Article No.2. PPE; What if the 1st step out of lockdown is mandatory wearing of Face masks?

Disclaimer; Without prejudice the information above is and shall not hold the author liable to any person or entity with respect to any loss or damage caused or alleged to be caused directly or indirectly by the information contained within this article.

As a textile product designer and ex-supplier of uniforms for over 18 years who understands the logistics of managing the supply, fitting and distribution of clothing I believe we need to get prepared and informed for this scenario. Primarily to ensure that we are building a strategy to ensure that Certified PPE Face masks is distributed only to those at the frontline; the NHS Medical and Nursing staff and members of the public most at risk. 

The Telegraph 19th April ” The German government is under pressure to make mask-wearing compulsory in public after the success of a city-wide trial. Several German regions and cities sent a clear signal to Angela Merkel’s government that they don’t see its advice on face masks as adequate, with two states announcing individual measures to enforce face mask usage. The eastern state of Saxony announced that everyone will have to wear a face mask as of Monday when entering shops or travelling on public transport. Wolfsburg, hometown of Volkswagen, and Mecklenburg-Western Pomerania soon followed suit, announcing mandatory masks in public starting the following week.”

In Austria it is compulsory to wear basic masks in supermarkets and other food and drug stores. Millions of face masks are being given to Spanish commuters to allow some non-essential staff to return to work. It is reported that in Portugal face-masks will be required in open spaces if and when the relaxations kick in.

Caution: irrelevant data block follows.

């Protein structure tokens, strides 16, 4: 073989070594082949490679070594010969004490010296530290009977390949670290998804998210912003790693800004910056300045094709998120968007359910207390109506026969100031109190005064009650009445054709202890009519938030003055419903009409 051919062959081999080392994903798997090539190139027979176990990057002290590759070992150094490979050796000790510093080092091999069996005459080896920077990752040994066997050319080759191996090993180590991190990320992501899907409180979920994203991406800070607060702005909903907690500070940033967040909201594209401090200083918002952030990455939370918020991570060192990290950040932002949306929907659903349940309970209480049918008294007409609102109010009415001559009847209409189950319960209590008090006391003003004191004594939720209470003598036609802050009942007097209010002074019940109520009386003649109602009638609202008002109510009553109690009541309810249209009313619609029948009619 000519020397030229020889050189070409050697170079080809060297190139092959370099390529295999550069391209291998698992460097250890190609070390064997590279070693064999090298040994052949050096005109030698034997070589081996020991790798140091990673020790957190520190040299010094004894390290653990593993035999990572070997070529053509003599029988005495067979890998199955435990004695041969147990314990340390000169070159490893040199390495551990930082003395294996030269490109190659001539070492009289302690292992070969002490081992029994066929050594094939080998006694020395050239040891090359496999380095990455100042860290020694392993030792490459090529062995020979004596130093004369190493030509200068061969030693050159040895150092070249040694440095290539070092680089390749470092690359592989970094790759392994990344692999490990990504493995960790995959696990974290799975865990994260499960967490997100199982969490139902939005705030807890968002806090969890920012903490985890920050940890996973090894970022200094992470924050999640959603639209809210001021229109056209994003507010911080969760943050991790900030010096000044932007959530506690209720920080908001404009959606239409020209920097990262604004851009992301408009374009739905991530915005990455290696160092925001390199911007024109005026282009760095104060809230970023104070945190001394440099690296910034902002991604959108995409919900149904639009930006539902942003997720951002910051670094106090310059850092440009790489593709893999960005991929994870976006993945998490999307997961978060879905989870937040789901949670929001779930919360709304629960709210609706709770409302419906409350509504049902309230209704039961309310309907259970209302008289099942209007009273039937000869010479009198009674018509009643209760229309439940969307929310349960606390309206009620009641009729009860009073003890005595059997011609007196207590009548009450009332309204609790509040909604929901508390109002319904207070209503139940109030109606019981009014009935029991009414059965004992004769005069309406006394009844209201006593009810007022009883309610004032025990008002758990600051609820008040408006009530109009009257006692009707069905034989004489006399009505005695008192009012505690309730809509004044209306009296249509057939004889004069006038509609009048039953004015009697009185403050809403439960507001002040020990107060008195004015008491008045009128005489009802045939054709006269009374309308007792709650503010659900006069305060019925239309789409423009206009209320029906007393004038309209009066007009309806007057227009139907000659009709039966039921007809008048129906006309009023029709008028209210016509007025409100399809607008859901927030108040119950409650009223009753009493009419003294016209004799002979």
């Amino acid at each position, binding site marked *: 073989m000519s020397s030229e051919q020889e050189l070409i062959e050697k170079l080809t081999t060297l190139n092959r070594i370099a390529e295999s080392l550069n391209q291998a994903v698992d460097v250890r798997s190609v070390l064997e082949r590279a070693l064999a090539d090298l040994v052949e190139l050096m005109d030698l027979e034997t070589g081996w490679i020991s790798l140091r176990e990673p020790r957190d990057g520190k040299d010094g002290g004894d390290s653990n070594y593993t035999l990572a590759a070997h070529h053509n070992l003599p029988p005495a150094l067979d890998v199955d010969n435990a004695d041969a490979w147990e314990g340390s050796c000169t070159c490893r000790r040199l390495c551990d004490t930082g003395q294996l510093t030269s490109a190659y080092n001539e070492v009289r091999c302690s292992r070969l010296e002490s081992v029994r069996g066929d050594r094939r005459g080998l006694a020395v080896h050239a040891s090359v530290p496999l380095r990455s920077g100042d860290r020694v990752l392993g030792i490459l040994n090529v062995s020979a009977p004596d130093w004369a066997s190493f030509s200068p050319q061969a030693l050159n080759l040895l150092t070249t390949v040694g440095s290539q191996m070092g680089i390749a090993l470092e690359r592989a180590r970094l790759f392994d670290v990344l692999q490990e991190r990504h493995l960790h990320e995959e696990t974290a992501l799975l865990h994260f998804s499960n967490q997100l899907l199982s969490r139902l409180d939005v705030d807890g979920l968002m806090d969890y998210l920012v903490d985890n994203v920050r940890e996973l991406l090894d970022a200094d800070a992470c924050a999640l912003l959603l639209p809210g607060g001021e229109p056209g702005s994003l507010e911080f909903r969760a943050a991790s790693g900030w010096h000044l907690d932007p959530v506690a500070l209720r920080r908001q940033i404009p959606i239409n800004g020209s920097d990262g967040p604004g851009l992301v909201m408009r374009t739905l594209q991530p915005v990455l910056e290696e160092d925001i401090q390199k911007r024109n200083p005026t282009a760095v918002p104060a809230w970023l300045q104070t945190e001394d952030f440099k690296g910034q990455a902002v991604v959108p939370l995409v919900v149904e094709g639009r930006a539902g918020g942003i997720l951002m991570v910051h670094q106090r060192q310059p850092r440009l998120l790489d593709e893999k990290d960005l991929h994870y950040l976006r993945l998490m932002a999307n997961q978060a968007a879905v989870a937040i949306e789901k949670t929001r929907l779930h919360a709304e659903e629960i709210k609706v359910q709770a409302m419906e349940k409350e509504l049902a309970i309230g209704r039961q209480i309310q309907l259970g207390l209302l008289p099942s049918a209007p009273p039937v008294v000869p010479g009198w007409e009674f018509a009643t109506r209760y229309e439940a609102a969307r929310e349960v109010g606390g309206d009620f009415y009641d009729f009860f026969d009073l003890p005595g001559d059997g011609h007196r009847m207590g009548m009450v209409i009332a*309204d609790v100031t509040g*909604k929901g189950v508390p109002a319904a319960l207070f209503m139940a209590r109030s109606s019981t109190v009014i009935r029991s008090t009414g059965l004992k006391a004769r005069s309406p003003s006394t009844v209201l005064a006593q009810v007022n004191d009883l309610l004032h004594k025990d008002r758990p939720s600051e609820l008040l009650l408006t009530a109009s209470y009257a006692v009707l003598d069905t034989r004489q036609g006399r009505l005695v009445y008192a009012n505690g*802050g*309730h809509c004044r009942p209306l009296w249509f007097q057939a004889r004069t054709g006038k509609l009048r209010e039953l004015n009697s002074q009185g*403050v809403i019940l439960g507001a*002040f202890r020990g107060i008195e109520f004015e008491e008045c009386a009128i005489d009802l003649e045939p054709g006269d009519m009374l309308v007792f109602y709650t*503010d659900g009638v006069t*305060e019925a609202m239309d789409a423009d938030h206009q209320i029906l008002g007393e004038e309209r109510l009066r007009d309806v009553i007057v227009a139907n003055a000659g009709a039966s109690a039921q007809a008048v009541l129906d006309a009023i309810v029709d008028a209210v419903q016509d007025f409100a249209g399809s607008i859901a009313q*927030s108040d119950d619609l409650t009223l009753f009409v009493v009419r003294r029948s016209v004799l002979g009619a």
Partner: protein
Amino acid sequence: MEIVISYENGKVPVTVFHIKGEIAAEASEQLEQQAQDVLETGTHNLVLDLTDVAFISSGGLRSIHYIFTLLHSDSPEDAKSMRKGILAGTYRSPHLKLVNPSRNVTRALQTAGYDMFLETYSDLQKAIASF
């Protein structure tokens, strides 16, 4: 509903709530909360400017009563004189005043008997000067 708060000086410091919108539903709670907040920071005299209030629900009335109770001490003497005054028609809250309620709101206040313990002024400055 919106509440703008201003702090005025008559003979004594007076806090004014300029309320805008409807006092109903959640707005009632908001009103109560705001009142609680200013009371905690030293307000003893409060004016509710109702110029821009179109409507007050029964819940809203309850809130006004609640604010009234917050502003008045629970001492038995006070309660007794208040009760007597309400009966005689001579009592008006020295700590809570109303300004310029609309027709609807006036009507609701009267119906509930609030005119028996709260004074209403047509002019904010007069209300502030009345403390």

My area of expertise is not in PPE but as textile product designer who has been currently prototyping non-certified reusable face masks I have a series of data that I believe others may find helpful on face masks. My compiled research offers resources on understanding different types of masks, how to wear, wash, dry and store face masks. (Please note always follow the NHS & Government guidance.)

Evaluated Pro’s & Con’s of certified & non-certified, homemade face masks:

Pro’s

  • Masks catch droplets of breath: ‘There is widespread evidence from the field of occupational health, the SARS epidemic, and other outbreaks that wearing masks protects us from germs and interrupts the transmission of disease from sick to healthy people. (See Article. 04. from Boston Globe 19th March 2020)
  • Reduces & stops us unconsciously touching our mouths & noses. “Unfortunately, we humans are relatively unique among mammals in that we continuously touch our eyes, noses, and mouths for seemingly no reason every 2.5 minutes” (See Article. 04. from Boston Globe 19th March 2020)
  • The production & distribution of non-certified masks to those with symptoms of the virus or the elderly could support a Government initiative to ensure that more stocks of Certified PPE Masks are distributed to frontline medical staff, the elderly and those most at risk in Hospital or Carehomes.
  • This is not the current reality but if stocks of masks run out for frontline staff; non-certified masks could be used and distributed to low risk workers in the hospital and caretakers of vulnerable people at home. Use as a protective cover for surgical masks which must be thrown away once they are soiled or wet.
  • For those untested may offer some form of marginal protection to the health of those you come in close contact with. 
  • With more face masks available we can limit the re-use of Masks. As we have limited facts on the potential contract transmission the goal is to reduce multiple encounters with different people/patients, reduce risk of wearer’s touching outer surface of masks during contact with others and ensuring removal and replacement of masks is done in a careful & deliberate manner.